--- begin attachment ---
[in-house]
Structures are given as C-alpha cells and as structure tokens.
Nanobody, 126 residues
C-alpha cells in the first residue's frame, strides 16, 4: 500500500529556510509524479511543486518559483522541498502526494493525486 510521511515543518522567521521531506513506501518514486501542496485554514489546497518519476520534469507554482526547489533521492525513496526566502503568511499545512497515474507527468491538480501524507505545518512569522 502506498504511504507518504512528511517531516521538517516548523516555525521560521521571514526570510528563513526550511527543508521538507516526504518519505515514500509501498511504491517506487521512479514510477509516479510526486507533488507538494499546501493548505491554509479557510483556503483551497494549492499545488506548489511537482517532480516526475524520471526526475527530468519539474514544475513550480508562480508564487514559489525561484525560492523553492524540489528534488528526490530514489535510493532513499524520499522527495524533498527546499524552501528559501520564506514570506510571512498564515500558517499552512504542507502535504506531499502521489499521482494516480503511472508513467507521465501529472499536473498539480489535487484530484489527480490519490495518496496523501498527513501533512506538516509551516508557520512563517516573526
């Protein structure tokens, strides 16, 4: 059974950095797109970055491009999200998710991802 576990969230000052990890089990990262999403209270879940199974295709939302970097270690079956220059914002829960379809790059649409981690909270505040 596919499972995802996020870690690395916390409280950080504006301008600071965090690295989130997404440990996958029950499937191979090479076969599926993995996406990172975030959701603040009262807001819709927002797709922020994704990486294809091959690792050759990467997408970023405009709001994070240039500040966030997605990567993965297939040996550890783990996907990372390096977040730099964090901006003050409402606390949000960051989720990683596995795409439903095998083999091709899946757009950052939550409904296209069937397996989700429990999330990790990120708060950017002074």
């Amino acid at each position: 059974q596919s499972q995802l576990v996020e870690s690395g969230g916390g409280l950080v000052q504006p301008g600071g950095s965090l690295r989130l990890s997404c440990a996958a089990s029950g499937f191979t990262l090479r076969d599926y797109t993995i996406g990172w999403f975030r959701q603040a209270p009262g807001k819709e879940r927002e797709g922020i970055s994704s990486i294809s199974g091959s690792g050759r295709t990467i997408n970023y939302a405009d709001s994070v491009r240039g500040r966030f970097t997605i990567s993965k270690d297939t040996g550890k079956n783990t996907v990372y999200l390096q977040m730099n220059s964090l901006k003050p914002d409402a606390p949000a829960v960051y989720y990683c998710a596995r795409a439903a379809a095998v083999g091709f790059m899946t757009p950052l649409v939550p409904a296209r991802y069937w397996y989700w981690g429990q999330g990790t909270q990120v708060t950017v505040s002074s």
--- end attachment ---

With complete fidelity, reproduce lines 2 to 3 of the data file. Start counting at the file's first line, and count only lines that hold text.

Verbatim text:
Structures are given as C-alpha cells and as structure tokens.
Nanobody, 126 residues